In Mountain View, California on Thursday, a police officer made a traffic stop to pull over one of Google’s self-driving automobiles, however, he wrote no ticket.
An officer pulled over a Google self-driving vehicle that was being tested on neighborhood streets Thursday.
“As the officer approached the slow moving car he realized it was a Google Autonomous Vehicle,” a police department post said.
The car was going 24 mph in a 35 mph zone, as indicated by the Mountain View Police Department — with traffic clearly backed up behind it. The car wasn’t speeding, but it was driving too slowly.
He stopped the car and reached its administrators to let them know it was obstructing traffic activity, but no citation was given. He asked the passenger how the car was picking speeds along roadways.
The Google project responded in a blog entry, stating it’s never gotten a ticket and pled guilty to driving slowly — adding, “Driving too slowly? Bet humans don’t get pulled over for that too often.”
The officer verified that the car had not infringed upon the law, and no ticket was issued in light of the fact that the car had committed no violation.
“After 1.2 million miles of autonomous driving (that’s the human equivalent of 90 years of driving experience), we’re proud to say we’ve never been ticketed!” the project posted.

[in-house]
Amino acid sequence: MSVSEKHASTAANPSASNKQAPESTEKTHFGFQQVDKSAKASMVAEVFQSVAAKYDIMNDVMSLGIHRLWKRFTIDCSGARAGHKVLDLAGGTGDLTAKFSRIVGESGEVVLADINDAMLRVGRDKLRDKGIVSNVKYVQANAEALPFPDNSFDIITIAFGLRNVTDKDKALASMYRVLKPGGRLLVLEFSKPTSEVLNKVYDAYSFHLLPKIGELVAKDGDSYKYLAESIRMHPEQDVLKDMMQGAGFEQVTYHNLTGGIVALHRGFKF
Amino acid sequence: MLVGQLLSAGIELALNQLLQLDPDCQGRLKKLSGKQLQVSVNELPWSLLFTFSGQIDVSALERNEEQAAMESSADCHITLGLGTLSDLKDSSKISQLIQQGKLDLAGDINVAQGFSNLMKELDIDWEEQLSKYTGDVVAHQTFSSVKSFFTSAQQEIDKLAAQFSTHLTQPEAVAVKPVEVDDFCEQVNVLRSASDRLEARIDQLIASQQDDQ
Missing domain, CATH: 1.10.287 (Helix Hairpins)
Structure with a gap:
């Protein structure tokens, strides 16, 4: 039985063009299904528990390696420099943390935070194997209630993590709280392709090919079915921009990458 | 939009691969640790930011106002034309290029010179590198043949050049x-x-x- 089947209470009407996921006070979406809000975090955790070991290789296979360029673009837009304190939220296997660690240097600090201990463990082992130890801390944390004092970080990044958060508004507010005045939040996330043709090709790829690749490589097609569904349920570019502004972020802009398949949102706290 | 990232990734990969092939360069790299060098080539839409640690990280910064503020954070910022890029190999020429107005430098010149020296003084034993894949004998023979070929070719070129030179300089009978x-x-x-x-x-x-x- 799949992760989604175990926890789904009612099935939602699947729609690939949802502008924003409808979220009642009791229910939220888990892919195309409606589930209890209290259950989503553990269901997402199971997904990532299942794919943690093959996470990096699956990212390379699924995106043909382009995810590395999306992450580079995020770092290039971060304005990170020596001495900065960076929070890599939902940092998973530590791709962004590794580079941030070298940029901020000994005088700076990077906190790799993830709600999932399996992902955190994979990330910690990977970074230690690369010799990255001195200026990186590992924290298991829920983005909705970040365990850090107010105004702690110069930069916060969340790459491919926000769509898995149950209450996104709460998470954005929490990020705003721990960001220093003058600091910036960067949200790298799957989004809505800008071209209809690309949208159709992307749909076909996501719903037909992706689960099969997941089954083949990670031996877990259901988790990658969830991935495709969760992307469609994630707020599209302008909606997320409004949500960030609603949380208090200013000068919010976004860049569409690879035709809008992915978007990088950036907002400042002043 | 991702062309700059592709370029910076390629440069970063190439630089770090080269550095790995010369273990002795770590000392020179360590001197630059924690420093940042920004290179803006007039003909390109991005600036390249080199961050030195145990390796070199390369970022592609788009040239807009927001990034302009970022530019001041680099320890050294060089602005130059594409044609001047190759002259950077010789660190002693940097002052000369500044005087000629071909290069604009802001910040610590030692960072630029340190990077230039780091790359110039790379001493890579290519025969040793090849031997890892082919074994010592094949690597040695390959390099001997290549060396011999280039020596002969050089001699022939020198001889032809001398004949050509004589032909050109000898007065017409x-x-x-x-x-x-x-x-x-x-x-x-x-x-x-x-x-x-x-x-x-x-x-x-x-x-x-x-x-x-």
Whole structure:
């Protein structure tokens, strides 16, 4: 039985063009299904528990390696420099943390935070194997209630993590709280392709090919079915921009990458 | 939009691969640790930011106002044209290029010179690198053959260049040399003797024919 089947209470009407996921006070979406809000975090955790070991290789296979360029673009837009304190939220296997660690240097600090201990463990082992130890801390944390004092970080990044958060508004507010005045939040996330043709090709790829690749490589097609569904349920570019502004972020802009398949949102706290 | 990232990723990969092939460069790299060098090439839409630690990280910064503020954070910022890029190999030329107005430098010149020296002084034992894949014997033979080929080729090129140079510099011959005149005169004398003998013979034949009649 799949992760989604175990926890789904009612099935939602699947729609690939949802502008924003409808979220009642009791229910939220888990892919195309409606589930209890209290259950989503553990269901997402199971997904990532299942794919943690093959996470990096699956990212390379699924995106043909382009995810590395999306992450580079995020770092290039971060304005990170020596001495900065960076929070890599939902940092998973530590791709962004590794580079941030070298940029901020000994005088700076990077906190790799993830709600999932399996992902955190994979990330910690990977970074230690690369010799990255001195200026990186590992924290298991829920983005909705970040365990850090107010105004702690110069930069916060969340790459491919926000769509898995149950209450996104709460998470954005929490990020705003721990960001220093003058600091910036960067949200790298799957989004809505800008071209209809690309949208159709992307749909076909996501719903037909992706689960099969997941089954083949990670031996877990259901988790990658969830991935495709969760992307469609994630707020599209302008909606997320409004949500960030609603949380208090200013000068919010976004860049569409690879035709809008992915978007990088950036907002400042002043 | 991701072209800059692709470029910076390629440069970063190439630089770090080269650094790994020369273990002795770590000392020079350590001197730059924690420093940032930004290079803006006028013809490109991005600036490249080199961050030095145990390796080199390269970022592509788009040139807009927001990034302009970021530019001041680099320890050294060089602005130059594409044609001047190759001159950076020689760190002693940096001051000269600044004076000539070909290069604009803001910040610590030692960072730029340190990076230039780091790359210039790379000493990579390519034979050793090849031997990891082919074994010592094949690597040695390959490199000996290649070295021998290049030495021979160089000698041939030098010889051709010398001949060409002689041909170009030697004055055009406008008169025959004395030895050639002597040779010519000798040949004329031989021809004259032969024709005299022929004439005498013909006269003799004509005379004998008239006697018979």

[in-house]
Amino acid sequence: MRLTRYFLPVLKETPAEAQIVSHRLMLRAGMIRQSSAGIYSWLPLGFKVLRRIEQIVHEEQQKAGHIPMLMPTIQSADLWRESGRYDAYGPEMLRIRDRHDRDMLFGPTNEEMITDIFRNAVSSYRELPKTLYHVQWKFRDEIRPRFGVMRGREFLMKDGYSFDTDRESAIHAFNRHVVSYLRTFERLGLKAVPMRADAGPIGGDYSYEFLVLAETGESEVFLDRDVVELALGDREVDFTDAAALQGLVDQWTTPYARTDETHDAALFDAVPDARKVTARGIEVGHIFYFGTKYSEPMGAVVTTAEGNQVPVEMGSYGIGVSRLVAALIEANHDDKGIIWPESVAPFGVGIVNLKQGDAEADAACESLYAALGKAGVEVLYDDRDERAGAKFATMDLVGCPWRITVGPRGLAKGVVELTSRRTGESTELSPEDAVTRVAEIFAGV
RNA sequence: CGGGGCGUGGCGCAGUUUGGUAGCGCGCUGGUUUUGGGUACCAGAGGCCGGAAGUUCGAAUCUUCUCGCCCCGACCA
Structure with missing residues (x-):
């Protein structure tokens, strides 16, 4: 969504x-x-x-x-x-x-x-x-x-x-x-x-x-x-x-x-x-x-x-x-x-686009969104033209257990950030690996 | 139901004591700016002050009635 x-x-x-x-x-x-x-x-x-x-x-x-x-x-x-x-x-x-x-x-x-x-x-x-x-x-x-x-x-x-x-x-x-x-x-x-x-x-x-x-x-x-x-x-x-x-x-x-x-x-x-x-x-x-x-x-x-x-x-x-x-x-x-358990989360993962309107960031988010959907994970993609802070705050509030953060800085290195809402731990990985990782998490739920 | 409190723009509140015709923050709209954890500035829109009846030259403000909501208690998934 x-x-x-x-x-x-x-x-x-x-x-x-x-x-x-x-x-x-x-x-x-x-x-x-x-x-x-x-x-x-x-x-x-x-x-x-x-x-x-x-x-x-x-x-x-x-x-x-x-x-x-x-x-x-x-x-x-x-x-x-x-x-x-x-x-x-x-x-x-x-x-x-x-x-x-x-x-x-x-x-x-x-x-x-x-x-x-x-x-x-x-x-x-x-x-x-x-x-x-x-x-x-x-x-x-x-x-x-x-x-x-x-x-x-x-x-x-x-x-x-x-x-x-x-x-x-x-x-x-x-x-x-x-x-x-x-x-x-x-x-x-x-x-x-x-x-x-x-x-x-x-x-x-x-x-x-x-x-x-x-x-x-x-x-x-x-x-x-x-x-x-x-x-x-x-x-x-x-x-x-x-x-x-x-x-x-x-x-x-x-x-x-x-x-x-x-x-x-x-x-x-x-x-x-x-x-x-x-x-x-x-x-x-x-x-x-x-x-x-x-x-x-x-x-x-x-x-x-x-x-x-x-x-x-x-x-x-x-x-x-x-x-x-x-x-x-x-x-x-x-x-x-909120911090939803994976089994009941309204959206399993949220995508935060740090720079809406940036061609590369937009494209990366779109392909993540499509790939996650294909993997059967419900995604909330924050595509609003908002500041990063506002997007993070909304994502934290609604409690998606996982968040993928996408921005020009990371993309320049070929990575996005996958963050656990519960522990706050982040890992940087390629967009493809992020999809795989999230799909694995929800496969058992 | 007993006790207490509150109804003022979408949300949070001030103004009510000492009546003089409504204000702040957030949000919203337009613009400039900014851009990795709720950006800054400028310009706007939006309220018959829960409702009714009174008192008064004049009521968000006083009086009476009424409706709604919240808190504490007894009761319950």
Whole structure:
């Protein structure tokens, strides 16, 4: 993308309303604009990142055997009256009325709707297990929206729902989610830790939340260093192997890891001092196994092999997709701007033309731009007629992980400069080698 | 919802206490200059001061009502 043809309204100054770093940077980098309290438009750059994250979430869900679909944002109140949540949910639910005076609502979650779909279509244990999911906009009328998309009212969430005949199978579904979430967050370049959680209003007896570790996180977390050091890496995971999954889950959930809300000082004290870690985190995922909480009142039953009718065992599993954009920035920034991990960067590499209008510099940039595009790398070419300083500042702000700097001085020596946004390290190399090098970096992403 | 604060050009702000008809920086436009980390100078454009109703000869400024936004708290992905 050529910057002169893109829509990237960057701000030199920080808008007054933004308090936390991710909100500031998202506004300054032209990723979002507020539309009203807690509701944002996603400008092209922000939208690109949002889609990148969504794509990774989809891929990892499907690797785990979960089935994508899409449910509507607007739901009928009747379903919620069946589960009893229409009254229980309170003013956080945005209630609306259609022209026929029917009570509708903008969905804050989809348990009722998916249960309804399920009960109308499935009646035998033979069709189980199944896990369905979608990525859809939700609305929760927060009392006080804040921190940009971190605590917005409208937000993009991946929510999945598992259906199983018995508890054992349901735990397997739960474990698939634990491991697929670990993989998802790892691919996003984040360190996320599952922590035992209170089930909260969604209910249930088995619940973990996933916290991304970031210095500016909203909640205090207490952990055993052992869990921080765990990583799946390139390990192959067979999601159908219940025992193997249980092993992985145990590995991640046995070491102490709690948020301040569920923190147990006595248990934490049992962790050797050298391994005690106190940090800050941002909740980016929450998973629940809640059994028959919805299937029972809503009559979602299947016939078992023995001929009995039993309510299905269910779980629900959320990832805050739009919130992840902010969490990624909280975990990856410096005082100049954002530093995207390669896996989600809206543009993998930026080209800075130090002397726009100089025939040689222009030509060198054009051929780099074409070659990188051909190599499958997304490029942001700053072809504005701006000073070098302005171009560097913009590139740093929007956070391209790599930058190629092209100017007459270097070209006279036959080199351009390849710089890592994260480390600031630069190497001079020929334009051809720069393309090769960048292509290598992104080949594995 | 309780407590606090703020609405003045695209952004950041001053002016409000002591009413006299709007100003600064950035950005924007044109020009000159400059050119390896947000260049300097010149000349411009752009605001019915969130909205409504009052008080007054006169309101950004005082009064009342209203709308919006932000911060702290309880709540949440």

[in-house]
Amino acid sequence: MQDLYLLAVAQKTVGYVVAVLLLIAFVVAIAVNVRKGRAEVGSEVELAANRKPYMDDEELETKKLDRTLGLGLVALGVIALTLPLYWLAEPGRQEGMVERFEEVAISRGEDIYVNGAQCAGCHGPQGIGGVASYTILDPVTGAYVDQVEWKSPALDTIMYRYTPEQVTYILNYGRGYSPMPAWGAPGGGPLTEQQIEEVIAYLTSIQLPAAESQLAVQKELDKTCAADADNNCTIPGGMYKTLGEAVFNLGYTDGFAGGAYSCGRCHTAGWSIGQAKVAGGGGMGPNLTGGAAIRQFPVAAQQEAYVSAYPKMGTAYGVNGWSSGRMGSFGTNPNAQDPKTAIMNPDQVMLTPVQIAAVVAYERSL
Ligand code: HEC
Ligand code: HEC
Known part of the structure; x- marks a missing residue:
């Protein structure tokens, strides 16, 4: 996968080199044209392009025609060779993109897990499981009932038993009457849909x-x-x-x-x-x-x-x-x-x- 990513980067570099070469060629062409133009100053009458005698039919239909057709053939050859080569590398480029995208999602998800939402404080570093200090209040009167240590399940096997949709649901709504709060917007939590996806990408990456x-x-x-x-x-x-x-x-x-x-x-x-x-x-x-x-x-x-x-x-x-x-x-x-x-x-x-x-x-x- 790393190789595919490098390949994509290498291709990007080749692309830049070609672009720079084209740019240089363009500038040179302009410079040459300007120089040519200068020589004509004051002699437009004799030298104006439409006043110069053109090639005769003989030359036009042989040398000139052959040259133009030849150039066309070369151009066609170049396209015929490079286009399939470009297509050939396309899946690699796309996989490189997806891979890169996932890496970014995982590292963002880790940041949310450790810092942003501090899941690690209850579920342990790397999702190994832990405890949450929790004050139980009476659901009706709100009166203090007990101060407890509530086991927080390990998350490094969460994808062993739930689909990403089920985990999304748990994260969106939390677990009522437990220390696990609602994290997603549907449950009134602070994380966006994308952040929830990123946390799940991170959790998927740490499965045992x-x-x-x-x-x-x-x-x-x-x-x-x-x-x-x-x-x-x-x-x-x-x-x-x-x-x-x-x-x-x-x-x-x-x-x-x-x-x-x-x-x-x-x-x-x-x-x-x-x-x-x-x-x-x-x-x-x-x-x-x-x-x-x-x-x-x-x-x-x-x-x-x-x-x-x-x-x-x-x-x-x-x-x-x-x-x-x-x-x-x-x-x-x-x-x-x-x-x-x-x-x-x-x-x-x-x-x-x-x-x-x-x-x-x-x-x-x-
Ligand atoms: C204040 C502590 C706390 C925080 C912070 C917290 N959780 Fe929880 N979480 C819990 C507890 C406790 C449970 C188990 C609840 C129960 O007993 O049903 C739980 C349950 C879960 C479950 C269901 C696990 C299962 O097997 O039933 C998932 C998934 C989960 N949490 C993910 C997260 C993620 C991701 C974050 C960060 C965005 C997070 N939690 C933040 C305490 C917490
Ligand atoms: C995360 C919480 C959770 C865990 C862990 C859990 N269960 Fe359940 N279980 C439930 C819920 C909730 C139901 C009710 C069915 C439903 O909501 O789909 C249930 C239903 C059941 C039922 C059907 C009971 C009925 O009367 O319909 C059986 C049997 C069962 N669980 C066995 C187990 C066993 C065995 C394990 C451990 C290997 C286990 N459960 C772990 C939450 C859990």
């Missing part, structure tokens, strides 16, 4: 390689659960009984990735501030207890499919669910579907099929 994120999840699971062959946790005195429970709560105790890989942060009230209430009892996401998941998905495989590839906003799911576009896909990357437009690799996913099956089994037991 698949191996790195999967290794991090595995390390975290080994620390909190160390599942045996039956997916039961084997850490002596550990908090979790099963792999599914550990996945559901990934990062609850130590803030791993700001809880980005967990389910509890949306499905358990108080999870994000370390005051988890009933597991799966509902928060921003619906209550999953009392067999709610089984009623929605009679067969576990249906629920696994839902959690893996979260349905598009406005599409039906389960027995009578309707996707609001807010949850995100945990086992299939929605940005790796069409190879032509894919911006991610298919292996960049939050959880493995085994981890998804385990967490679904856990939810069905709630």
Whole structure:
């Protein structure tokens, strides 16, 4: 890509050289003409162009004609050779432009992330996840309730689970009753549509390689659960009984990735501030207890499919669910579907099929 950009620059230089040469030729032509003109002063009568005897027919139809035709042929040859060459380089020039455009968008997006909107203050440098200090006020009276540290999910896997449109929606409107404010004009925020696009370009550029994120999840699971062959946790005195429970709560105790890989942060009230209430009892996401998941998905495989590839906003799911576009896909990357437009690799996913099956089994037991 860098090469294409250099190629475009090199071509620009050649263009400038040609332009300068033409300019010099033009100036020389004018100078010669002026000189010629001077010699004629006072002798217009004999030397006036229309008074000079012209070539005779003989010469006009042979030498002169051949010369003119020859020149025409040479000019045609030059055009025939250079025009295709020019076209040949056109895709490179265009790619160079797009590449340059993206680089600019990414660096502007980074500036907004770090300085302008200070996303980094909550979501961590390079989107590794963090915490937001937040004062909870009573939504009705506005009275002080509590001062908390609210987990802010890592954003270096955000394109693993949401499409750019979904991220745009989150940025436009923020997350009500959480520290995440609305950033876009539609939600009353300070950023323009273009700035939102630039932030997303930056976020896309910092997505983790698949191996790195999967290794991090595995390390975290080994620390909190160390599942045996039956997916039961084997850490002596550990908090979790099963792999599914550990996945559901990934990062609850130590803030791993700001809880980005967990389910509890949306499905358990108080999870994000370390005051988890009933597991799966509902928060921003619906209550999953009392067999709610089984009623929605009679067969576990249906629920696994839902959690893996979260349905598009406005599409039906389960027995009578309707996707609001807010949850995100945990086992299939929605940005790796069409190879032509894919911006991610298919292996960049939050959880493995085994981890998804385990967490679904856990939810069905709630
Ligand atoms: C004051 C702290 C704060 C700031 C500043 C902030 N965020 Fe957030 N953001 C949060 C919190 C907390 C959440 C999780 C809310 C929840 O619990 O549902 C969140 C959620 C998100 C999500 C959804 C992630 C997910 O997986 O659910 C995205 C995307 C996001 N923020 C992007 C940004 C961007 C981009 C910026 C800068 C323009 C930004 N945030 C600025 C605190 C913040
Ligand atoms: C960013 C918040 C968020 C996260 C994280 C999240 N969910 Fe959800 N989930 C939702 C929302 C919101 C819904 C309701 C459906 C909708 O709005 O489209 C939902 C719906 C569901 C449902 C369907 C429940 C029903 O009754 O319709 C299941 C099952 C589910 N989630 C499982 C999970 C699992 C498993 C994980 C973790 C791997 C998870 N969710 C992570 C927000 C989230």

Nevertheless, the incident raises questions about whether the cars are excessively wary.
An accident report filed by the California Department of Motor Vehicles described the Google car as “over-cautious”.
“We’ve capped the speed of our prototype vehicles at 25 mph for safety reasons,” the post responded. “We want them to feel friendly and approachable, rather than zooming scarily through neighborhood streets.”
In September, Google announced that it was working to make its cars drive “more humanistically” following complaints that they had been too polite.
Google’s self-driving cars are programmed to comply with the laws of the road, but this can bring about issues when the vehicles are sharing the road with drivers who do not.
Google researchers have stated that getting autonomous cars to function well in the world of human drivers is one of their created difficulties and challenges.